Labour leader Ed Miliband yesterday commended British Cycling on its efforts to promote cycle safety during a visit to the National Cycling Centre in Manchester and underlined his party’s commitment to including a mandatory cycling assessment within all future transport projects, recently announced by Shadow Transport Minister Maria Eagle.
Earlier in the week, British Cycling had also met with new Road Safety Minister Stephen Hammond following the launch of a new initiative by the Mineral Products Association to improve the safety of vulnerable road users when sharing the road with vehicles operated by its members.
Following his tour of the National Cycling Centre accompanied by British Cycling President Brian Cookson and Performance Director Dave Brailsford, Mr Miliband said: “It shows what can be done if government works together with the private sector – alongside government and local authority investment, Sky have played a role in this.
“It is about the gold medals, but it’s also inspiring young people to get on bikes. That is just as important as supporting elite athletes.”
Turning to the governing body’s work on cycle safety, he continued: “Safer cycling is a very important issue and it’s great that British Cycling is campaigning on it.
“As somebody who is married to someone who cycles a lot in London, my wife Justine, it’s incredibly important that people have safe places to cycle. Every incident involving a cyclist, the terrible tragedies that can happen, is a reminder that there is a lot more to do to make cycling safer in our cities.
“British Cycling is an amazing, amazing organisation and it was a huge privilege to meet Dave Brailsford and to talk to him about his approach,” he added. “British Cycling is a model not just for cycling or for sport, but for what teamwork and good leadership can do.”
Earlier in the week, representatives of British Cycling had attended the launch in London of the Mineral Products Association’s new Vulnerable Road User campaign, which coincided with a national Cycle Safe event held by the All Party Parliamentary Cycling Group.
The three main pillars of the association’s new initiative, which was launched at Wellington Arch at Hyde Park Corner are:
1. All industry drivers must receive vulnerable road user training. The industry training body has developed a specific course which will be CPC approved and available shortly.
2. New industry LGVs must be fitted with additional safety equipment including blind spot elimination devices and mirrors, side under-run guards, audible left turn warnings for cyclists and pedestrians, and rear warning signs.
3. Existing industry LGVs must be fitted with similar equipment levels within an extended 5 year period with operators encouraged to consider accelerating this timing.
Nigel Jackson, Chief Executive of the Mineral Products Association, commented: “We believe that our policy is the most positive initiative taken by any sector with regard to improving vulnerable road user safety and reflects the industry’s commitment to this issue.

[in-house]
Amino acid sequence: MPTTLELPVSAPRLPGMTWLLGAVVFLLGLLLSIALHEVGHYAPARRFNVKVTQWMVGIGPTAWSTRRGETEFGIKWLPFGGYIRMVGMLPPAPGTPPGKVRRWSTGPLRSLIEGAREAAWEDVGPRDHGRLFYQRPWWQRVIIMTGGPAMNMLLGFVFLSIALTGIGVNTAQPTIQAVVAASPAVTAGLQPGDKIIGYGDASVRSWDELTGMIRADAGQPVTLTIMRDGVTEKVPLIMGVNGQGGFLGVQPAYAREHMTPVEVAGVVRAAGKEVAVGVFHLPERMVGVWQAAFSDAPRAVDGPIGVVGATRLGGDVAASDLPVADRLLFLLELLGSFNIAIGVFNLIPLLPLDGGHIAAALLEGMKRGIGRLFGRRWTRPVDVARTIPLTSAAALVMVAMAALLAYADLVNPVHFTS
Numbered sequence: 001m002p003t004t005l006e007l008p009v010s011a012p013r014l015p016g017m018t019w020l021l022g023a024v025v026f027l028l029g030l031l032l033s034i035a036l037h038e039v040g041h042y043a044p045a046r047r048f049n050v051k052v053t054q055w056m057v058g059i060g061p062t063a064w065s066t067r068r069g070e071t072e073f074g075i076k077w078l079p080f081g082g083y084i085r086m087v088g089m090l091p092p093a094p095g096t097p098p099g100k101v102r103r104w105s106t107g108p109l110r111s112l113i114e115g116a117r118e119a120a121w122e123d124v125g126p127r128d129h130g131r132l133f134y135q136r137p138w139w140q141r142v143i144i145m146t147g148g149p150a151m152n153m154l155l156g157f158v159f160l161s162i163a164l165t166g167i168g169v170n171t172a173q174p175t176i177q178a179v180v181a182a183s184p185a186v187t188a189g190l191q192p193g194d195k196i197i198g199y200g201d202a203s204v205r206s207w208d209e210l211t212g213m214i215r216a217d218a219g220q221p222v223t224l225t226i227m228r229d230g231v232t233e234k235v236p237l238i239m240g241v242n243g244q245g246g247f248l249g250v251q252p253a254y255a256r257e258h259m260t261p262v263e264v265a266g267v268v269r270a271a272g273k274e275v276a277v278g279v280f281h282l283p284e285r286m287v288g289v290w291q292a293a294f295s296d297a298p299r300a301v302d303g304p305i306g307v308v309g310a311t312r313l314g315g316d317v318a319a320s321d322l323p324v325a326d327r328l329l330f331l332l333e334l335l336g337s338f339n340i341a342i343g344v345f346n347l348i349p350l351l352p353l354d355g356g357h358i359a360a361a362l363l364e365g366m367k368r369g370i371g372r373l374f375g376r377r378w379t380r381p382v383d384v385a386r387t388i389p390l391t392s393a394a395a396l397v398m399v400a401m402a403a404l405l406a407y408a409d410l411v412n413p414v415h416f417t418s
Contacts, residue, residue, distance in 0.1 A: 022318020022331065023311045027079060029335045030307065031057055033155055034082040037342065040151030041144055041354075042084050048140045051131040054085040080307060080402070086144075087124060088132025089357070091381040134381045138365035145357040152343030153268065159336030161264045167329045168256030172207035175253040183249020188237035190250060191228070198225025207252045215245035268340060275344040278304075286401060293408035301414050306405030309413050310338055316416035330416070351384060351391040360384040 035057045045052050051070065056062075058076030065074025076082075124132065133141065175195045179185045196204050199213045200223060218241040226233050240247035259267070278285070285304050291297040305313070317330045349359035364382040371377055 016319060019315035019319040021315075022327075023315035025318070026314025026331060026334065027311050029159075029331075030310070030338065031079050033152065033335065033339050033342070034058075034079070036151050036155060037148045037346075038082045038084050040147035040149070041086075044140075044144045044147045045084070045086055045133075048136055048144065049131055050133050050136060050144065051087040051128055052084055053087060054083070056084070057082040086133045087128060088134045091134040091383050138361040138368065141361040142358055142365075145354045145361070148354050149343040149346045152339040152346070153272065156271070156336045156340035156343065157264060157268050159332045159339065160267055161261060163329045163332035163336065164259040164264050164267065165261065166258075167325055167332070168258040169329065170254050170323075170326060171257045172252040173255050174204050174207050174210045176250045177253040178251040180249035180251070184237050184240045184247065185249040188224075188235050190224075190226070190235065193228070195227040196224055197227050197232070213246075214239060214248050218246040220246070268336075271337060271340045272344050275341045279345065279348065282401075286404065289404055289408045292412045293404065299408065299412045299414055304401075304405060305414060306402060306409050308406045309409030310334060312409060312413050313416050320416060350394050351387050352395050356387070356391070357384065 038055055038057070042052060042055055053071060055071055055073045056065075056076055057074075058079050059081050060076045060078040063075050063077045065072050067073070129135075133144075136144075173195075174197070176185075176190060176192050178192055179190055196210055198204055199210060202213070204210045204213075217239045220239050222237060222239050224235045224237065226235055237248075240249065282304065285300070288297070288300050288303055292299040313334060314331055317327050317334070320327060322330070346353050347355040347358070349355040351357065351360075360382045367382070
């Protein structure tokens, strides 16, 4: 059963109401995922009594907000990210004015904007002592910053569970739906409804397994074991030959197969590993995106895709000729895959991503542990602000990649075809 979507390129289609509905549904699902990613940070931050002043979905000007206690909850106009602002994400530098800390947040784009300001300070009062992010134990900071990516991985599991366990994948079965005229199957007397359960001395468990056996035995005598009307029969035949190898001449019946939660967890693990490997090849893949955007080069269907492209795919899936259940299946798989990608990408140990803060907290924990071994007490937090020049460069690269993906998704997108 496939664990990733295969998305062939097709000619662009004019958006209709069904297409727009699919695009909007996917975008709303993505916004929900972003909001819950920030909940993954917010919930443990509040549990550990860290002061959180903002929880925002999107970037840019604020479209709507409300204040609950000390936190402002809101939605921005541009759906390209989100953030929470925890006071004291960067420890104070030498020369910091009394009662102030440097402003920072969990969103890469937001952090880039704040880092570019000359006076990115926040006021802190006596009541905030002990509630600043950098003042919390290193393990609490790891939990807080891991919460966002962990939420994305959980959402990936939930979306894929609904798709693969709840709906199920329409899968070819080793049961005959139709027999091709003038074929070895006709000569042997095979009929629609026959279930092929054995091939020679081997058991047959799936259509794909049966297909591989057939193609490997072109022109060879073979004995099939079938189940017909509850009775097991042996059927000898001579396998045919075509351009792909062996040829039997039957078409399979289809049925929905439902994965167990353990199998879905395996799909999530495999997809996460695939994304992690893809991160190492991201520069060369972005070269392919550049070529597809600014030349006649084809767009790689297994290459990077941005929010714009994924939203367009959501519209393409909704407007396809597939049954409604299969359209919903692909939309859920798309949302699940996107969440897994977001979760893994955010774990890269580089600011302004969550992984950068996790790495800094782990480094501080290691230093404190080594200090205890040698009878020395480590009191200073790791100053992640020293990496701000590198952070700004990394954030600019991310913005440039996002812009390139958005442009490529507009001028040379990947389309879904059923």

“This is not a campaign for a day, or a week, or a month, this is forever. This issue is not going to go away. We are going to play our part and we hope others will do likewise.
“MPA will continue to work with partners in the construction and freight industries, local and national Government and cycling and other organisations to improve safety.
“We believe it is essential that all interested parties must work together so that effective, consistent and proportionate strategies and measures are implemented.
“MPA is committed to playing its part in minimising hazards and risks for all road users and our members want to be at the forefront of helping to improve road safety.”
Following the event, at a meeting at the House of Commons, road safety minister Stephen Hammond said: “It’s important we make the roads as safe as possible for cyclists. There is a lot to be done around road infrastructure but there’s also a lot to be done about behaviour. Better enforcement, better infrastructure, better education as well.”
In reply, Martin Gibbs, British Cycling’s Policy and Legal Affairs Director, said: “It’s good to see the new Minister taking an active interest in issues around HGVs and cycling.
“We know that last year HGVs are involved in a significant number of serious incidents with people on bikes. In 2010 HGVs accounted for 14 per cent of cyclists killed or seriously injured on the roads despite accounting for only 3% of total traffic in London.
“British Cycling is very much in favour of events like these which promote better mutual respect and understanding and we also need better national policy on measures to improve HGV safety and to ensure that these vehicles are designed to ensure the safety of other road users and are fitted with the best safety technology.”
Born in Scotland, Simon moved to London aged seven and now lives in the Oxfordshire Cotswolds with his miniature schnauzer, Elodie. He fell in love with cycling one Saturday morning in 1994 while living in Italy when Milan-San Remo went past his front door. A daily cycle commuter in London back before riding to work started to boom, he's been news editor at road.cc since 2009. Handily for work, he speaks French and Italian. He doesn't get to ride his Colnago as often as he'd like, and freely admits he's much more adept at cooking than fettling with bikes.